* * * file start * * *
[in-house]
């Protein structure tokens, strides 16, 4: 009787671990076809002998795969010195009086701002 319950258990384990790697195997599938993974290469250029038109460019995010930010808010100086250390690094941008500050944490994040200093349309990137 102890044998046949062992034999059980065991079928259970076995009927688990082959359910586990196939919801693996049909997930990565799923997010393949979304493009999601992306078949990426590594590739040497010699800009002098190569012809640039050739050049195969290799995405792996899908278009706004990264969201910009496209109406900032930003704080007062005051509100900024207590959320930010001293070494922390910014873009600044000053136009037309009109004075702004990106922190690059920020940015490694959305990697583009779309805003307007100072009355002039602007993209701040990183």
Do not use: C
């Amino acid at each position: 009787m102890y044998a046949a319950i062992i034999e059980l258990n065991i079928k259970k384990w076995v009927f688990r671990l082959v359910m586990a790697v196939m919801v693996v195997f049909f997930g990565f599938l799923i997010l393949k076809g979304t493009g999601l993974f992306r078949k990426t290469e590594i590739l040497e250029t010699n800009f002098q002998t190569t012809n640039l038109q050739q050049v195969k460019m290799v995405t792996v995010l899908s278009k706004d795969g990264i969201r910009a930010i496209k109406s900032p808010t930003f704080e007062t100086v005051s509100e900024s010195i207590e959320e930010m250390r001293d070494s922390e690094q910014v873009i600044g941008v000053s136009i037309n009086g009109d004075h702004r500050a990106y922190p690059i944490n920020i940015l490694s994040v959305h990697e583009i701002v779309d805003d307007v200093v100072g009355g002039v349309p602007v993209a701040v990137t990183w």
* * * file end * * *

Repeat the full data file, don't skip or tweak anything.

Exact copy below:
[in-house]
């Protein structure tokens, strides 16, 4: 009787671990076809002998795969010195009086701002 319950258990384990790697195997599938993974290469250029038109460019995010930010808010100086250390690094941008500050944490994040200093349309990137 102890044998046949062992034999059980065991079928259970076995009927688990082959359910586990196939919801693996049909997930990565799923997010393949979304493009999601992306078949990426590594590739040497010699800009002098190569012809640039050739050049195969290799995405792996899908278009706004990264969201910009496209109406900032930003704080007062005051509100900024207590959320930010001293070494922390910014873009600044000053136009037309009109004075702004990106922190690059920020940015490694959305990697583009779309805003307007100072009355002039602007993209701040990183």
Do not use: C
């Amino acid at each position: 009787m102890y044998a046949a319950i062992i034999e059980l258990n065991i079928k259970k384990w076995v009927f688990r671990l082959v359910m586990a790697v196939m919801v693996v195997f049909f997930g990565f599938l799923i997010l393949k076809g979304t493009g999601l993974f992306r078949k990426t290469e590594i590739l040497e250029t010699n800009f002098q002998t190569t012809n640039l038109q050739q050049v195969k460019m290799v995405t792996v995010l899908s278009k706004d795969g990264i969201r910009a930010i496209k109406s900032p808010t930003f704080e007062t100086v005051s509100e900024s010195i207590e959320e930010m250390r001293d070494s922390e690094q910014v873009i600044g941008v000053s136009i037309n009086g009109d004075h702004r500050a990106y922190p690059i944490n920020i940015l490694s994040v959305h990697e583009i701002v779309d805003d307007v200093v100072g009355g002039v349309p602007v993209a701040v990137t990183w």